While still life art can encompass any set or collection of inanimate objects, I tend to associate the genre with 17th and 18th century paintings depicting tables or benches loaded with an abundance of foodstuffs. These paintings offer fascinating social history snapshots; being both literal depictions of the types of food available (if only to the rich), and loaded with symbolic allusions to gluttony, intemperance and the transience of luxury.
Food production and consumption exists in a social and economic context. Scarcity, quality, nutrition, price — these are all part of a food narrative that can be explored in art.
In New Zealand, as in much of the world, the prevailing narrative is one of over-abundance. Or at least an over-abundance of calories — mainly derived from highly processed, readily available “convenience” foods. In his highly influential book In Defence of Food, Michael Pollan calls these “edible food-like substances”.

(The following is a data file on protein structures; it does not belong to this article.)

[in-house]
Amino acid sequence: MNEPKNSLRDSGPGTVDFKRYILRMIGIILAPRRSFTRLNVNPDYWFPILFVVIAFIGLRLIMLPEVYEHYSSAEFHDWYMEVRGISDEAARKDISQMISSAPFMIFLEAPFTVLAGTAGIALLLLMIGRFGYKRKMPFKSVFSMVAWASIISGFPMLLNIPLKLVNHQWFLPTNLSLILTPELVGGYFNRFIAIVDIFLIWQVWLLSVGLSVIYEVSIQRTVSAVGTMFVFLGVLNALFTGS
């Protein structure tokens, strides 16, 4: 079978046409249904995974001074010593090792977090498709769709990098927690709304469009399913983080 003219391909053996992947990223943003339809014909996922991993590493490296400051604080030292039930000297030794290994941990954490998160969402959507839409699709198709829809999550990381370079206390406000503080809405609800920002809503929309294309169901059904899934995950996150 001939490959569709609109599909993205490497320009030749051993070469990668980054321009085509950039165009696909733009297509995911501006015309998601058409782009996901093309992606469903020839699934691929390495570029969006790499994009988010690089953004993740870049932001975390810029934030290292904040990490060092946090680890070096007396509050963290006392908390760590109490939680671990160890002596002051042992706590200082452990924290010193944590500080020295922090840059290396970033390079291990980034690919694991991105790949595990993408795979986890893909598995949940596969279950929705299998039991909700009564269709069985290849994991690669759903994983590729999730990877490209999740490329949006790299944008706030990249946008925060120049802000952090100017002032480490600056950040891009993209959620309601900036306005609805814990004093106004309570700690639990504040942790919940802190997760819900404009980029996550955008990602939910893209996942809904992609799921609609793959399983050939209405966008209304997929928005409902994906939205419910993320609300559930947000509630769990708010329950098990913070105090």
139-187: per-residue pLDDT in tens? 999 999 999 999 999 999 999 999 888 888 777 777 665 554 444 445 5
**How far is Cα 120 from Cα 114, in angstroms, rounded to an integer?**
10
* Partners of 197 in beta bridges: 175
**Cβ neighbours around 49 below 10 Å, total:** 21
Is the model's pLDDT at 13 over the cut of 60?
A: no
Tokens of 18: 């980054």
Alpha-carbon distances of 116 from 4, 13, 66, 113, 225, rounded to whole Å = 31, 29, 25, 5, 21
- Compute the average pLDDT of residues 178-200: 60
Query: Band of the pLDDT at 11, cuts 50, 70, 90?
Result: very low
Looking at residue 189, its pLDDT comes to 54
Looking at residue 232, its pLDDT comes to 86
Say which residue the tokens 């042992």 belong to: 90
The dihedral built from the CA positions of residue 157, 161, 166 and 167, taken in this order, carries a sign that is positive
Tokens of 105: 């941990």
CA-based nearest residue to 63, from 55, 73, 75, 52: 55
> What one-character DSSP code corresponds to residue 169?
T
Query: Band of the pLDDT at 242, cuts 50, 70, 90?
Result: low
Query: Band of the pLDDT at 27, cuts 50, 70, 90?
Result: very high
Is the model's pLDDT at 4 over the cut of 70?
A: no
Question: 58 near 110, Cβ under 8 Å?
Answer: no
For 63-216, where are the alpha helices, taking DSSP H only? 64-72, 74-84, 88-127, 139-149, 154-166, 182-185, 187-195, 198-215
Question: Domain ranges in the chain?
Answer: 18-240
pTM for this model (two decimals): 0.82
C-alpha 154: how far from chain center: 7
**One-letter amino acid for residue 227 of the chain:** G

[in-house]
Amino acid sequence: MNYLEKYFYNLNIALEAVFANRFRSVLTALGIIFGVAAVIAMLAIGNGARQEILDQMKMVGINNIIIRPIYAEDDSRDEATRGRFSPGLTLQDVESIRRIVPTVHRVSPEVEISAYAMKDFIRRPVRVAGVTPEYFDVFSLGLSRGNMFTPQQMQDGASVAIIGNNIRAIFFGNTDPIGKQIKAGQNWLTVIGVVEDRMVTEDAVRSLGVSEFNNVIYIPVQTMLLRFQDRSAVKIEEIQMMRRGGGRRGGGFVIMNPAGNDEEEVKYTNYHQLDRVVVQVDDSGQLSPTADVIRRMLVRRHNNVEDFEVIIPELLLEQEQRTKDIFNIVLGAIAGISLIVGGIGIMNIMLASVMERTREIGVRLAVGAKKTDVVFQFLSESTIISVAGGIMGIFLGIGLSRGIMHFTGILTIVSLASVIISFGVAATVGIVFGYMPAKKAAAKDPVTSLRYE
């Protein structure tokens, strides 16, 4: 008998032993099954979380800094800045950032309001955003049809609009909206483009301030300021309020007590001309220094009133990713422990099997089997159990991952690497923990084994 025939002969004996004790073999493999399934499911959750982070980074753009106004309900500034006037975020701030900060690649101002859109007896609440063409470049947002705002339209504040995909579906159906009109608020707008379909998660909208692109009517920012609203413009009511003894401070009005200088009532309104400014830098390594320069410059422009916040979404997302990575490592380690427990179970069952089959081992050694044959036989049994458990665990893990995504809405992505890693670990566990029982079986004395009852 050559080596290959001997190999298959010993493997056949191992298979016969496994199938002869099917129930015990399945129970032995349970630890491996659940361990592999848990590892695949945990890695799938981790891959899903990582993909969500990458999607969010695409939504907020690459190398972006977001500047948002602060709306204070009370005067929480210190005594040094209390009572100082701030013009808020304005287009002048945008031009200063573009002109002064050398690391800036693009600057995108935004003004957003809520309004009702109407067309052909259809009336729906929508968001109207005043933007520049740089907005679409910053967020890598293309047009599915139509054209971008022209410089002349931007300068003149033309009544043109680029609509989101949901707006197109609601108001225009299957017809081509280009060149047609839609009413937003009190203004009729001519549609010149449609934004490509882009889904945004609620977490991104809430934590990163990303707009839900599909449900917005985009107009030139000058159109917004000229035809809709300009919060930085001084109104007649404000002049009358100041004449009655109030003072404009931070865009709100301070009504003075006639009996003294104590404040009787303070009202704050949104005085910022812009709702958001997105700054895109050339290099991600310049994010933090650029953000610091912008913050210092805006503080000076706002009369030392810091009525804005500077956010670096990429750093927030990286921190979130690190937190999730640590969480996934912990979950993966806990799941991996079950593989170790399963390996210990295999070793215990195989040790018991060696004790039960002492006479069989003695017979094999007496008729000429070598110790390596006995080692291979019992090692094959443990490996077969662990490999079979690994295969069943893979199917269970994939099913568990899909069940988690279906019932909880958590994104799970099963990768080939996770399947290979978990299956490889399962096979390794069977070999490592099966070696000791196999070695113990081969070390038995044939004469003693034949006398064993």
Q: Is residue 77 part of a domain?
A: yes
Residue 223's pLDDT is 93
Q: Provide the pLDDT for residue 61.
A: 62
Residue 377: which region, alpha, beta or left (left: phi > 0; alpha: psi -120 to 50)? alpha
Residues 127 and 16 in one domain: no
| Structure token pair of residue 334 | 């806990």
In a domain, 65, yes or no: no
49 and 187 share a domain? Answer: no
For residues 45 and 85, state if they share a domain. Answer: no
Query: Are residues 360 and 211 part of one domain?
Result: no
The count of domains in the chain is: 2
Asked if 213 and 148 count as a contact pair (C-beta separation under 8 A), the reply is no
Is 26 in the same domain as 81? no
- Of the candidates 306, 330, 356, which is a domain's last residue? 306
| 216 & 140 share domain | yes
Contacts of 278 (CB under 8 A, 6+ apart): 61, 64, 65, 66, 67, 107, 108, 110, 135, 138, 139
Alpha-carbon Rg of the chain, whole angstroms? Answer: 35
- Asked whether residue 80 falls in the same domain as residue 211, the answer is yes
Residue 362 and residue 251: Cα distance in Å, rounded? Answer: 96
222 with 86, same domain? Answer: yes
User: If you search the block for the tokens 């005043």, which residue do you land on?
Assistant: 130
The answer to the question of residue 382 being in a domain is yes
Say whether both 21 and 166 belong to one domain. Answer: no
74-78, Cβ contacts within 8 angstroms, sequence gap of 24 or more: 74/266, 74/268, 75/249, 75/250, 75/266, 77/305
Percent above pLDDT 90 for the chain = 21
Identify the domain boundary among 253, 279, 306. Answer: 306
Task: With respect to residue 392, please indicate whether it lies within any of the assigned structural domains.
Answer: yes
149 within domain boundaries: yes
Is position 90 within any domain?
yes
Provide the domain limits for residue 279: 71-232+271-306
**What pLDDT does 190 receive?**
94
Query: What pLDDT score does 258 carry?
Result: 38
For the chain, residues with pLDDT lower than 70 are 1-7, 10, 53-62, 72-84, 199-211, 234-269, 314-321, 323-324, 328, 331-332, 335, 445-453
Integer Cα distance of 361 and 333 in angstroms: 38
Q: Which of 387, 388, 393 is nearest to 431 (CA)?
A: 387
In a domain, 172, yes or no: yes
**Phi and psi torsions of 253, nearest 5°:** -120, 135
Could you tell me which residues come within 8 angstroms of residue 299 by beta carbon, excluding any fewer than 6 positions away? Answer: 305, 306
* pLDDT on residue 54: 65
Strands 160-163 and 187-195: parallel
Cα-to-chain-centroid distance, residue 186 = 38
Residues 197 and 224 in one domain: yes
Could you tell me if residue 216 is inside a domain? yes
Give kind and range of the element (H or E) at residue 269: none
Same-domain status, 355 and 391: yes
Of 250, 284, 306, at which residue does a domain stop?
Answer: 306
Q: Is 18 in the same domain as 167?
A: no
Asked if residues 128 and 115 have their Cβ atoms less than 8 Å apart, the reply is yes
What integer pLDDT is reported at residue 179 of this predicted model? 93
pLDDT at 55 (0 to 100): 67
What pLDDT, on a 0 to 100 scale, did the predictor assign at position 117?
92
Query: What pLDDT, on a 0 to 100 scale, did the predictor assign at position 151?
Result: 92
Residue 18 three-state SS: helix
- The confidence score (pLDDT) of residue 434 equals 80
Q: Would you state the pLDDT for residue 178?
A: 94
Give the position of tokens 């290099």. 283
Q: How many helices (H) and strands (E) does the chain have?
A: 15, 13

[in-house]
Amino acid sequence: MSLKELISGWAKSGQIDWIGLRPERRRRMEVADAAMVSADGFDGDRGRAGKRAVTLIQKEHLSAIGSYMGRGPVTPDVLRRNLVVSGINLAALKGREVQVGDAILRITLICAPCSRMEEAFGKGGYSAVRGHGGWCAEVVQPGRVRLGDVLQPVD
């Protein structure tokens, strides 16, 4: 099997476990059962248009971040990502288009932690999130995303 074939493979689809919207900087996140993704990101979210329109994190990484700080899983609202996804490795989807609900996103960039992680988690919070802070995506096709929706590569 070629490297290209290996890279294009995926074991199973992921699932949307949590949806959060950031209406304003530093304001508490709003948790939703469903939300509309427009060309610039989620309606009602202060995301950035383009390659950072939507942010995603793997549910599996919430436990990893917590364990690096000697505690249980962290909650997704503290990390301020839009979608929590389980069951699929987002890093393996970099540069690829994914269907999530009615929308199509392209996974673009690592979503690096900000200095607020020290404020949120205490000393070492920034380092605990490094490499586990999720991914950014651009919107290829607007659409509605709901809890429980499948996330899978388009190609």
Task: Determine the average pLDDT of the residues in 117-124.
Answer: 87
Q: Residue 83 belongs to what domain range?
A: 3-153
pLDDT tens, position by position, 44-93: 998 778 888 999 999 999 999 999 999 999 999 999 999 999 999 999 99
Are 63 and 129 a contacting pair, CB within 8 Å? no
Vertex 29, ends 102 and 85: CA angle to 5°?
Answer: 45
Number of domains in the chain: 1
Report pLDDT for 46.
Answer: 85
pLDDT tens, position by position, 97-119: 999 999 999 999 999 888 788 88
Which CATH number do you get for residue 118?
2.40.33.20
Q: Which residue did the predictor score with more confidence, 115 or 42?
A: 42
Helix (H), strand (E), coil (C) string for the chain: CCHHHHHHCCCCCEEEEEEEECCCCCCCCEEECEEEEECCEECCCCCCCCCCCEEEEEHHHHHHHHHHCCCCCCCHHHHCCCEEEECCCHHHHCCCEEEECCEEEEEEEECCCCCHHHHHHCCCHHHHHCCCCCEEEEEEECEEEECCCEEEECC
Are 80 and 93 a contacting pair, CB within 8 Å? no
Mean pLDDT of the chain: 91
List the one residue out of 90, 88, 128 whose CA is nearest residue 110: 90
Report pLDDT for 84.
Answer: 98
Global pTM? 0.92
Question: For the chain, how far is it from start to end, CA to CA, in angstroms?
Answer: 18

The Daily Post Photo Challenge asked this week for life imitating art. So I give you a still life from 2016, with all the symbolism and allegory of the genre. I also give you this, again from Michael Pollan:
“If it came from a plant, eat it; if it was made in a plant, don’t. ”
― Michael Pollan